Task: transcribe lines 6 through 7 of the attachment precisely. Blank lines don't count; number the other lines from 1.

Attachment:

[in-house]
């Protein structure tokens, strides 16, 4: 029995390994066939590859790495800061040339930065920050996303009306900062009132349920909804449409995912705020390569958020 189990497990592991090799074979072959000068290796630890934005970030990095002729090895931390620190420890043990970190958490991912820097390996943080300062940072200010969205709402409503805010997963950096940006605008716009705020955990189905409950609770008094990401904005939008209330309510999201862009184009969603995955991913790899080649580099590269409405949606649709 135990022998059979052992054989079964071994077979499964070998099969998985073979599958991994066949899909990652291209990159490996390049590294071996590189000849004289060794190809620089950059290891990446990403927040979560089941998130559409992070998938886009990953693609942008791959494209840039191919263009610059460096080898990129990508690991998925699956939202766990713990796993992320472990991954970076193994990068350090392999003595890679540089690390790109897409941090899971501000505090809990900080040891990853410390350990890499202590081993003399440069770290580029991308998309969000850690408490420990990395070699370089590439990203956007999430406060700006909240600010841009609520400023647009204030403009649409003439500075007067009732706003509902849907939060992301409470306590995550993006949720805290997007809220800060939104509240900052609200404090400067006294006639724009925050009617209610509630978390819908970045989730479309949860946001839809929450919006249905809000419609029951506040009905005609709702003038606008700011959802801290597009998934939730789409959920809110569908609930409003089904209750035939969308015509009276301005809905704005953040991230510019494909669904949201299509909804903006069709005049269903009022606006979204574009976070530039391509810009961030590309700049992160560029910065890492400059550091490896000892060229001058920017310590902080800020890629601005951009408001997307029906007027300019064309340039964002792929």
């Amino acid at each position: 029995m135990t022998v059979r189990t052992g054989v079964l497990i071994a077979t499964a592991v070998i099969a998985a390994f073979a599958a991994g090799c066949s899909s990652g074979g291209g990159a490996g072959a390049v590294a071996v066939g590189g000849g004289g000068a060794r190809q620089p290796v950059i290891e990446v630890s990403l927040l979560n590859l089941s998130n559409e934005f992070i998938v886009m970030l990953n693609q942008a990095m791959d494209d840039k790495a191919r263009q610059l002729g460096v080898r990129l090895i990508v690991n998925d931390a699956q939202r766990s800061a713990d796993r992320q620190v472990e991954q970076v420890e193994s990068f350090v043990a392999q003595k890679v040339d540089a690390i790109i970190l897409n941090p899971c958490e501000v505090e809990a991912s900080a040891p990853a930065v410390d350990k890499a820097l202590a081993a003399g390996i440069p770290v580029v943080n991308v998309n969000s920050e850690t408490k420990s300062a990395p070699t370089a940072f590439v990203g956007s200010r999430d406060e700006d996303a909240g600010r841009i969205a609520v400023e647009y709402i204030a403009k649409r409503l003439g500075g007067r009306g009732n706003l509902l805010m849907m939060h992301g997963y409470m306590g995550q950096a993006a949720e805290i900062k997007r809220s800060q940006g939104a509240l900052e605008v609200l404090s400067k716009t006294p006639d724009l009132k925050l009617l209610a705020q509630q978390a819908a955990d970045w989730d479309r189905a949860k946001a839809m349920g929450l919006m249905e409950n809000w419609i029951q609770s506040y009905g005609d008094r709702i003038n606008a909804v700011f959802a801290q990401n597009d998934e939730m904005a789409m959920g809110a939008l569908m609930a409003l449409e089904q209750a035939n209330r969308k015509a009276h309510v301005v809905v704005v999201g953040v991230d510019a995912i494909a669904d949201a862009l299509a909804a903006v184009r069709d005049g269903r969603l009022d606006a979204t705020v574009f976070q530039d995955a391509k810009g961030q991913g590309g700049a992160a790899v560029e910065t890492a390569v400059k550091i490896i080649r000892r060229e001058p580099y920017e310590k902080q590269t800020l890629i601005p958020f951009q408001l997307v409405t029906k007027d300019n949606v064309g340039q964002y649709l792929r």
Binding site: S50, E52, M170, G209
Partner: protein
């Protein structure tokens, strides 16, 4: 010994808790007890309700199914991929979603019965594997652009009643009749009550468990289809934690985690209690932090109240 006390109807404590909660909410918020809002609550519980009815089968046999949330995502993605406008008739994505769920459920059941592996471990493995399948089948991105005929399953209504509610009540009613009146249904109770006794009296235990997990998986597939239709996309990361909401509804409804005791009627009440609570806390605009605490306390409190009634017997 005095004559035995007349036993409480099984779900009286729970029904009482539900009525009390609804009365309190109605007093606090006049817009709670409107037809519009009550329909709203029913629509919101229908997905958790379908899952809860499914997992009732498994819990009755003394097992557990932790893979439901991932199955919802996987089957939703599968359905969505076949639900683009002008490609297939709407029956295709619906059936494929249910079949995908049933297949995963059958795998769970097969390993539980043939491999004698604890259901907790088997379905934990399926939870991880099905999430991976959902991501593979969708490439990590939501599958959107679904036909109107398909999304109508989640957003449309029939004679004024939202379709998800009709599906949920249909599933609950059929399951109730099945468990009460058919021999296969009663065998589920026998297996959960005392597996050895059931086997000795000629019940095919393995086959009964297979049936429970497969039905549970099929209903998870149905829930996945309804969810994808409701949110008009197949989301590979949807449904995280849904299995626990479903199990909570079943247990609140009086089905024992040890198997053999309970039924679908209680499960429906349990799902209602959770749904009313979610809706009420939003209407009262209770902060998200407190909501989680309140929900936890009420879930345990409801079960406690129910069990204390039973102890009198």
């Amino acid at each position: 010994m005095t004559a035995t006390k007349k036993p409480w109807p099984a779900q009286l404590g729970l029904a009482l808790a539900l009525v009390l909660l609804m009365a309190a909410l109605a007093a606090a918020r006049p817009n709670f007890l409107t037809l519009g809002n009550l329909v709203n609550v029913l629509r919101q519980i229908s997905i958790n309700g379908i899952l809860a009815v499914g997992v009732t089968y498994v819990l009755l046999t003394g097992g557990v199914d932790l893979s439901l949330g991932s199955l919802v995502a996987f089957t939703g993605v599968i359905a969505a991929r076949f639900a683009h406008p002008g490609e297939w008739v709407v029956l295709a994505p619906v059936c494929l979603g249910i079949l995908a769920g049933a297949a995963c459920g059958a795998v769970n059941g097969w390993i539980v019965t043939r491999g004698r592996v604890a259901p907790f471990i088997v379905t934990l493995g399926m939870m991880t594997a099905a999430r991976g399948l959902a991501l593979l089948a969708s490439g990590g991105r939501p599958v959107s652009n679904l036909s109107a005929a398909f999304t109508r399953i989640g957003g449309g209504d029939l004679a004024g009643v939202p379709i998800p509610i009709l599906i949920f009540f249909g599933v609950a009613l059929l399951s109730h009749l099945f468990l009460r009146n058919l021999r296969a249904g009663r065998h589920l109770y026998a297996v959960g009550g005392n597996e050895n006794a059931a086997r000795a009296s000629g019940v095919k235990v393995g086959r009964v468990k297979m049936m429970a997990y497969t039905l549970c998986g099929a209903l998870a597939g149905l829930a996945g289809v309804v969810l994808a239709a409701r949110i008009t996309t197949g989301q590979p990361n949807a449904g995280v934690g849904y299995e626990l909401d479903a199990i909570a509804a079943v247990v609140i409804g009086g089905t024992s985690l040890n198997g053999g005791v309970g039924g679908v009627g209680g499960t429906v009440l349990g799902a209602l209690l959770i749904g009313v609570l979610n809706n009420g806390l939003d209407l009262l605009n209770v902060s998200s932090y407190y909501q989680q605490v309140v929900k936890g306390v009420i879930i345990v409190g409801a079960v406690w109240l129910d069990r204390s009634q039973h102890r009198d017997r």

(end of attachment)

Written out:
């Protein structure tokens, strides 16, 4: 010994808790007890309700199914991929979603019965594997652009009643009749009550468990289809934690985690209690932090109240 006390109807404590909660909410918020809002609550519980009815089968046999949330995502993605406008008739994505769920459920059941592996471990493995399948089948991105005929399953209504509610009540009613009146249904109770006794009296235990997990998986597939239709996309990361909401509804409804005791009627009440609570806390605009605490306390409190009634017997 005095004559035995007349036993409480099984779900009286729970029904009482539900009525009390609804009365309190109605007093606090006049817009709670409107037809519009009550329909709203029913629509919101229908997905958790379908899952809860499914997992009732498994819990009755003394097992557990932790893979439901991932199955919802996987089957939703599968359905969505076949639900683009002008490609297939709407029956295709619906059936494929249910079949995908049933297949995963059958795998769970097969390993539980043939491999004698604890259901907790088997379905934990399926939870991880099905999430991976959902991501593979969708490439990590939501599958959107679904036909109107398909999304109508989640957003449309029939004679004024939202379709998800009709599906949920249909599933609950059929399951109730099945468990009460058919021999296969009663065998589920026998297996959960005392597996050895059931086997000795000629019940095919393995086959009964297979049936429970497969039905549970099929209903998870149905829930996945309804969810994808409701949110008009197949989301590979949807449904995280849904299995626990479903199990909570079943247990609140009086089905024992040890198997053999309970039924679908209680499960429906349990799902209602959770749904009313979610809706009420939003209407009262209770902060998200407190909501989680309140929900936890009420879930345990409801079960406690129910069990204390039973102890009198």
């Amino acid at each position: 010994m005095t004559a035995t006390k007349k036993p409480w109807p099984a779900q009286l404590g729970l029904a009482l808790a539900l009525v009390l909660l609804m009365a309190a909410l109605a007093a606090a918020r006049p817009n709670f007890l409107t037809l519009g809002n009550l329909v709203n609550v029913l629509r919101q519980i229908s997905i958790n309700g379908i899952l809860a009815v499914g997992v009732t089968y498994v819990l009755l046999t003394g097992g557990v199914d932790l893979s439901l949330g991932s199955l919802v995502a996987f089957t939703g993605v599968i359905a969505a991929r076949f639900a683009h406008p002008g490609e297939w008739v709407v029956l295709a994505p619906v059936c494929l979603g249910i079949l995908a769920g049933a297949a995963c459920g059958a795998v769970n059941g097969w390993i539980v019965t043939r491999g004698r592996v604890a259901p907790f471990i088997v379905t934990l493995g399926m939870m991880t594997a099905a999430r991976g399948l959902a991501l593979l089948a969708s490439g990590g991105r939501p599958v959107s652009n679904l036909s109107a005929a398909f999304t109508r399953i989640g957003g449309g209504d029939l004679a004024g009643v939202p379709i998800p509610i009709l599906i949920f009540f249909g599933v609950a009613l059929l399951s109730h009749l099945f468990l009460r009146n058919l021999r296969a249904g009663r065998h589920l109770y026998a297996v959960g009550g005392n597996e050895n006794a059931a086997r000795a009296s000629g019940v095919k235990v393995g086959r009964v468990k297979m049936m429970a997990y497969t039905l549970c998986g099929a209903l998870a597939g149905l829930a996945g289809v309804v969810l994808a239709a409701r949110i008009t996309t197949g989301q590979p990361n949807a449904g995280v934690g849904y299995e626990l909401d479903a199990i909570a509804a079943v247990v609140i409804g009086g089905t024992s985690l040890n198997g053999g005791v309970g039924g679908v009627g209680g499960t429906v009440l349990g799902a209602l209690l959770i749904g009313v609570l979610n809706n009420g806390l939003d209407l009262l605009n209770v902060s998200s932090y407190y909501q989680q605490v309140v929900k936890g306390v009420i879930i345990v409190g409801a079960v406690w109240l129910d069990r204390s009634q039973h102890r009198d017997r």